Vegan goulash with pan-fried dumplings & red cabbage
Traditional German Christmas food means meat, meat and, meat. Whether it’s dumplings with goose or potato salad with sausages, they even hide bacon in their red cabbage. But you don’t have to be afraid to end up hungry on Christmas Eve, because we now present to you a dish that’s a carefree package with which you don’t have to abstain on anything. We often made vegan roulades on Christmas, but it happens that we don’t find any big soy steaks anymore, so we came up with an alternative and are now serving roulade goulash. Therefore you’ll only need the same ingredients but won’t have to roll anything together.
We found this recipe through Angie from Bissen fürs Gewissen.
Find more recipes for a vegan Christmas menu here.
Vegan, quick pan-cooked dumplings
- 200 g (7 oz) breadcrumbs
- 2 small onions
- 15 g (0.5 oz) parsley
- 400 ml (1.7 cups) plant-based milk
- 50 g (1/2 cup) flour
- salt & pepper
- a pinch of nutmeg
- olive oil
- Peel and chop onions.
- In a bowl mix all the ingredients except milk and oil. Gradually add milk and knead the dough until well combined.
- Form small flat dumplings, as large as the surface of your hand. Moisturize your hands if the dough is too sticky.
- Heat oil in a pan and fry for 5 minutes or until dumplings are brown from both sides.
Simple, fruity red cabbage
- 500 g (17.6 oz) red cabbage
- 2 onions
- 1 apple
- 2 tbsp vegetable oil
- 3 tbsp white wine vinegar
- 2 tbsp redcurrant jelly
- 1 bay leaf
- 2 cloves
- 2 tbsp sugar
- Cut red cabbage in fine slices. Peel and finely dice onions. Cut the apple in small pieces.
- Take out a large pot, heat plant-based oil and roast onions until glazed. Afterward, add red cabbage.
- Add vinegar, sugar, jelly, and spices to your red cabbage. There are small cooking bags, where you can put in stuff like cloves and bay leaves, so you don’t have to search for them afterward when you want to remove them before serving.
- Stir well and let simmer until red cabbage is soft, which will take about 30 minutes at least, depending on how thin you’ve cut it.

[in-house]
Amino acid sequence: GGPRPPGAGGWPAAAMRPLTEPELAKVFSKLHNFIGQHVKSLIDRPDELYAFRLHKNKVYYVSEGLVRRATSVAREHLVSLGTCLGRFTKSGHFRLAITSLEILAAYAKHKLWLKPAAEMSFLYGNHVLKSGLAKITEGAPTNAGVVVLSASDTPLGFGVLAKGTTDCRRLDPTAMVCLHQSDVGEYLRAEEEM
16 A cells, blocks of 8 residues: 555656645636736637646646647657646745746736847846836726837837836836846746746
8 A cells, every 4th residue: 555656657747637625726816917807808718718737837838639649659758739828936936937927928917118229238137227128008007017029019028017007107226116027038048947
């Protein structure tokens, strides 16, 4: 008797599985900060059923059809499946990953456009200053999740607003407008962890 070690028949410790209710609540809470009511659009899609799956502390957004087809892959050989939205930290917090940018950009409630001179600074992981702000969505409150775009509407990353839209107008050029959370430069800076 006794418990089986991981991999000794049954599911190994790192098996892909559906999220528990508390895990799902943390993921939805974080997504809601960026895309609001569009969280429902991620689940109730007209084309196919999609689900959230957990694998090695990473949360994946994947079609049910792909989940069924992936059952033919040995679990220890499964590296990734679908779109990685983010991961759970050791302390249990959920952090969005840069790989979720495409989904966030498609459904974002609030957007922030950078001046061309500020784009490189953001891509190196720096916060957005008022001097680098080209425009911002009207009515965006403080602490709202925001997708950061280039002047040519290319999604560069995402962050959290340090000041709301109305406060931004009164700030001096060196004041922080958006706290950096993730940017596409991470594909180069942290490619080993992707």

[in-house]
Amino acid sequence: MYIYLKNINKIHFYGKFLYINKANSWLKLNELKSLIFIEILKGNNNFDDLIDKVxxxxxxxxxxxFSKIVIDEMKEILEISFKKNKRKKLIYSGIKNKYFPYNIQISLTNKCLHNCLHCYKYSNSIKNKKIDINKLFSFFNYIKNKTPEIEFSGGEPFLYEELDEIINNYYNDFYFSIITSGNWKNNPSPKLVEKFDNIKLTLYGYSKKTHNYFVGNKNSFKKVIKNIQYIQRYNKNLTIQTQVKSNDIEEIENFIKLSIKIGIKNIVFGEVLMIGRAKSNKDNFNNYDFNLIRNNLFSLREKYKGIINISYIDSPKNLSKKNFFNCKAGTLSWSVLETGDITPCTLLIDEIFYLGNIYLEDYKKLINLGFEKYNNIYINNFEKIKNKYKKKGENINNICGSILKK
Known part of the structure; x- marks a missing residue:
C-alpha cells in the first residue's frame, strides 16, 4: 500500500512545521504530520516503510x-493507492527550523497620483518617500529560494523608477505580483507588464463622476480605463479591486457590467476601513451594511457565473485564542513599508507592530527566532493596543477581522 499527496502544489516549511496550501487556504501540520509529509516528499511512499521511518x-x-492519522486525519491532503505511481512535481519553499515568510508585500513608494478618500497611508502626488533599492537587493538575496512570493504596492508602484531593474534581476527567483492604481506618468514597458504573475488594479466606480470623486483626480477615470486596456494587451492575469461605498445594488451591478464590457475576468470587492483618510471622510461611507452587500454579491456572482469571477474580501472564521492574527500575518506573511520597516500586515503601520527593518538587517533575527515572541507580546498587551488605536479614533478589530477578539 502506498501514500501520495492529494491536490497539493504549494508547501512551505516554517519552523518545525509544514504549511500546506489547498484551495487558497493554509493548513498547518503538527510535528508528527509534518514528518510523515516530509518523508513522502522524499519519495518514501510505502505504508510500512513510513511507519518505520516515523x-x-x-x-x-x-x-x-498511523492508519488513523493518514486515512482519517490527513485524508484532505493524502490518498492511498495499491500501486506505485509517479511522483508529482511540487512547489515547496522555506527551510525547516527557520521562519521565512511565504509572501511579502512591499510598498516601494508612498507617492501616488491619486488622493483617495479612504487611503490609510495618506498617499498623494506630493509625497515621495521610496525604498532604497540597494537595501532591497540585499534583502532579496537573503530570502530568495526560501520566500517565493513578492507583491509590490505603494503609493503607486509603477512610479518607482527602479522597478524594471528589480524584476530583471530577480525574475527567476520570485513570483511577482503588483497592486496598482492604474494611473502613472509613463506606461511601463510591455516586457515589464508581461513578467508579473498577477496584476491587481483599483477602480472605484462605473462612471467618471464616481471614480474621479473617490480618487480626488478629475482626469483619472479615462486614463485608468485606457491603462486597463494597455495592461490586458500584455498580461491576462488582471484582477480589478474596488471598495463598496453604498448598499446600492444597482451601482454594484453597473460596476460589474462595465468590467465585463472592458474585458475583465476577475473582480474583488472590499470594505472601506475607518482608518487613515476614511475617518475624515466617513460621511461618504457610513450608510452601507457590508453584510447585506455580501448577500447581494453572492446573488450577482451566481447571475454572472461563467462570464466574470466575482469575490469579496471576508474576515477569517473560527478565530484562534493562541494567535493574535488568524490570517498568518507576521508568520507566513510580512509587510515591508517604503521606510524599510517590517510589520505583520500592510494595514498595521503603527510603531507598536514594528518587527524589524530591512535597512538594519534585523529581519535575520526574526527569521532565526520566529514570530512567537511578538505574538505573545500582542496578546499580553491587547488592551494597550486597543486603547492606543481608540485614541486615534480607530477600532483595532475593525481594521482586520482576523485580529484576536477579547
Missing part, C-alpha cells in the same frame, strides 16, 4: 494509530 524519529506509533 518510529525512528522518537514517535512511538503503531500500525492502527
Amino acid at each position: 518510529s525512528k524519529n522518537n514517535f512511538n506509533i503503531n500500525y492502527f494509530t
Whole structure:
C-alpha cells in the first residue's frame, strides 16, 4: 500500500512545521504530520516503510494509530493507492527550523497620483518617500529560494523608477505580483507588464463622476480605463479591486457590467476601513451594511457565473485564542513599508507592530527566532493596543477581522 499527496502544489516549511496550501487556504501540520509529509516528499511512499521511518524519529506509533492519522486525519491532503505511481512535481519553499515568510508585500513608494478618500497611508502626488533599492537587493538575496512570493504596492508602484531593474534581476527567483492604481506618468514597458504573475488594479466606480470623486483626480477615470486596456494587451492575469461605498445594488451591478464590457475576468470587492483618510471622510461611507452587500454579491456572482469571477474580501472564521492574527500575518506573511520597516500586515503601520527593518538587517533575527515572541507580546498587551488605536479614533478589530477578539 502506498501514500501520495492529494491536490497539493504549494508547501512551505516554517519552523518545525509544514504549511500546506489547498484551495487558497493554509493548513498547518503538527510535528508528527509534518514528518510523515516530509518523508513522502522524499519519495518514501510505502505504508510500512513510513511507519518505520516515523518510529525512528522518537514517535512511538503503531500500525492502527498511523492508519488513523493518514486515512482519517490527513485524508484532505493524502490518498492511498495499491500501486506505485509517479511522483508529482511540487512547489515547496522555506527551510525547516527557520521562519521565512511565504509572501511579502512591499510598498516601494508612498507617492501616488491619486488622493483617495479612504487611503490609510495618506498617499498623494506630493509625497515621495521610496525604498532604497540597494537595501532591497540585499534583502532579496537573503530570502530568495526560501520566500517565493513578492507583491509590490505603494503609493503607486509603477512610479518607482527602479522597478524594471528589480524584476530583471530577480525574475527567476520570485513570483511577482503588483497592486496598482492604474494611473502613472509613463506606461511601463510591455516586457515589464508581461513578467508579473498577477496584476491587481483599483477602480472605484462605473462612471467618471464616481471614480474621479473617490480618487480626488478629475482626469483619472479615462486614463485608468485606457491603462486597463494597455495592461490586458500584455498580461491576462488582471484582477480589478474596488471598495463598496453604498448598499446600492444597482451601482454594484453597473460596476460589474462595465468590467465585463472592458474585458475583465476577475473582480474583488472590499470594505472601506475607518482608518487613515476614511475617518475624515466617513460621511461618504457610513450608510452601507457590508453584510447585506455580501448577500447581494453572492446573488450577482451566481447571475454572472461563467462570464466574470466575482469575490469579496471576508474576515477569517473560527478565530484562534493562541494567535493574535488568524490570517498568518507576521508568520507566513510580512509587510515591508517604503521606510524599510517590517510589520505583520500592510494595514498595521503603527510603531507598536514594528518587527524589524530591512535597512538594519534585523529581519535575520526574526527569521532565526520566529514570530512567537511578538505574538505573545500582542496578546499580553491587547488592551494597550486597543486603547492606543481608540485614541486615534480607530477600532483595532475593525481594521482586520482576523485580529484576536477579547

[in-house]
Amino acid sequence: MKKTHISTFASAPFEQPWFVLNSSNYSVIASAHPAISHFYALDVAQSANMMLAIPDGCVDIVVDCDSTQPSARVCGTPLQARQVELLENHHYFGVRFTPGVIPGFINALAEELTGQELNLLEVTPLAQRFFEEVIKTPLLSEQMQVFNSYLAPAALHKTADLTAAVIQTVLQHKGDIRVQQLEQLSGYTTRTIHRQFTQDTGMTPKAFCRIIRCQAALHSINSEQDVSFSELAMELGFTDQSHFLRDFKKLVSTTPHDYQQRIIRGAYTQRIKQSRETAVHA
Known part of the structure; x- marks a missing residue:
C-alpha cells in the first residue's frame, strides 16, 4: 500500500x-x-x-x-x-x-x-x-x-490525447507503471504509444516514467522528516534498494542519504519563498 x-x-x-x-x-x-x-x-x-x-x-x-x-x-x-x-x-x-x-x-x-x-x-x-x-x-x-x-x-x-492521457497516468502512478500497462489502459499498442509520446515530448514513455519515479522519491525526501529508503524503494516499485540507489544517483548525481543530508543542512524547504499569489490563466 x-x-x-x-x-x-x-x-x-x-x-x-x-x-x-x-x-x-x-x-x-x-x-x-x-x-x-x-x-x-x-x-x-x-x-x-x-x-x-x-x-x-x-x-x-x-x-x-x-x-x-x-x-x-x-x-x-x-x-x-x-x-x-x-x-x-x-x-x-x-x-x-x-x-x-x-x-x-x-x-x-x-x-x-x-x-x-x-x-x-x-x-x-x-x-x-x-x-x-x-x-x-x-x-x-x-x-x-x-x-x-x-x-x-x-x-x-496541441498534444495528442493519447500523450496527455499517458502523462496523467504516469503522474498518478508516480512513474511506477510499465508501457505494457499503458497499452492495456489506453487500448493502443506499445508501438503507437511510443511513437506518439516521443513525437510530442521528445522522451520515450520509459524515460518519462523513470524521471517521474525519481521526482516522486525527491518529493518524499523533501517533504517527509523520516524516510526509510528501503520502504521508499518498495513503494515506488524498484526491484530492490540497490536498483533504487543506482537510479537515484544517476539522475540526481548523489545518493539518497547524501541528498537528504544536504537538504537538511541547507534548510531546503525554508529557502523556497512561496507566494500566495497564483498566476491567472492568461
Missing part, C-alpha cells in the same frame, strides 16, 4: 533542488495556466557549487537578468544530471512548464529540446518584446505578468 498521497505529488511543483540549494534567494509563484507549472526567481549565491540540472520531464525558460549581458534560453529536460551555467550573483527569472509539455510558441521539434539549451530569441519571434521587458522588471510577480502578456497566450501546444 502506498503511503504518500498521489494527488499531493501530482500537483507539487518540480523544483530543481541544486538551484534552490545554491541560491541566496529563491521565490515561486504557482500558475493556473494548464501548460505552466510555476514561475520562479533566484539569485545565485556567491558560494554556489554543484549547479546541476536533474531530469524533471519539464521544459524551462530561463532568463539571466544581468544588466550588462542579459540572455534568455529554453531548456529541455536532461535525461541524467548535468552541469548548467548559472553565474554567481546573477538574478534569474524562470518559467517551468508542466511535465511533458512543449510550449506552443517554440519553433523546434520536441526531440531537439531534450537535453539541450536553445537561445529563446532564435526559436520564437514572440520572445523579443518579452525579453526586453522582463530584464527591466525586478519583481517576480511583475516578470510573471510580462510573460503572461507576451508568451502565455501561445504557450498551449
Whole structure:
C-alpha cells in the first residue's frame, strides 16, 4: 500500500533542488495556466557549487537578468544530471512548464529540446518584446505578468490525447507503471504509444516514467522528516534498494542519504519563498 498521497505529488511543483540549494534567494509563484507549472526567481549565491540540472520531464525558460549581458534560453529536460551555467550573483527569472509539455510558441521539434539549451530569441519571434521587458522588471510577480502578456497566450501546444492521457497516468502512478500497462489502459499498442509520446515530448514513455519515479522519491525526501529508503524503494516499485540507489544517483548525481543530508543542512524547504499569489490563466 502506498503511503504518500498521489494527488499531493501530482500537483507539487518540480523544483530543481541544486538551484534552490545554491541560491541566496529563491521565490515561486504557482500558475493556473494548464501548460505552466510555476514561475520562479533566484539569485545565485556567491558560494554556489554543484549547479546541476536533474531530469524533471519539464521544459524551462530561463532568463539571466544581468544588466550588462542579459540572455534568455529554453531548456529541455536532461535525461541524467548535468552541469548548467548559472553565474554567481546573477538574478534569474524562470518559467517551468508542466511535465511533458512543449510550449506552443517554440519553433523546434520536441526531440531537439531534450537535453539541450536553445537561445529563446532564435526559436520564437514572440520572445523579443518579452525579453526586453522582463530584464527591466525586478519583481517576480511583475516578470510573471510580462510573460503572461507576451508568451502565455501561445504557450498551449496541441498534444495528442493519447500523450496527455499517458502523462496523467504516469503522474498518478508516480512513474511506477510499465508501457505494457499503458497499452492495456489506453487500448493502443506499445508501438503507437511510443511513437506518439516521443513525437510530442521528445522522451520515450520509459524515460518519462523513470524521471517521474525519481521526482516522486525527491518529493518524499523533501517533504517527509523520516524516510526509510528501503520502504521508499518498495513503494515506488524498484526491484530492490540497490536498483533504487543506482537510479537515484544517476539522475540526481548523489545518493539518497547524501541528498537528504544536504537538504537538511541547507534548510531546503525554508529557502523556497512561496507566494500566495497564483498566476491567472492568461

- Afterward, add apple dices and keep simmering for ten more minutes. Season with salt and pepper before serving and don’t forget to remove cloves and bay leaf.
- Take out a large bowl, place dry soy meat in it and pour over hot veggie stock until it’s all covered. Set aside for 5-10 minutes, until soy meat is soft. Afterward, pour off water and press out any more water in your soy meat so it won’t taste watery in the end. Put it back into the bowl, add salt, pepper, and mustard (don’t be sparing with seasoning!) and rub it on soy meat carefully with your hands.
- Take out a large pan, heat some oil and roast soy meat from both sides for several minutes.
- Finely dice an onion and cut gherkins in small pieces. Add both to your pan keep roasting all together for five more minutes.
- Now it’s time to make sure, that the goulash will turn out nice and viscous. Therefore, add 3 tbsp of flour and 3 tbsp of tomato purée to the pan and keep roasting for 2-3 minutes, until the tomato purée starts to darken a bit.
- Fill up with veggie stock little by little and make sure to keep stirring, so your sauce won’t get clumpy. Add red wine and 50 ml gherkin water from the jar. Add bay leaves, cloves, salt, and pepper. Bring to boil, then turn down the heat a bit and let your goulash simmer for at least 15 minutes.
- Before serving, think about seasoning again, if needed and don’t forget to remove cloves and bay leaves.
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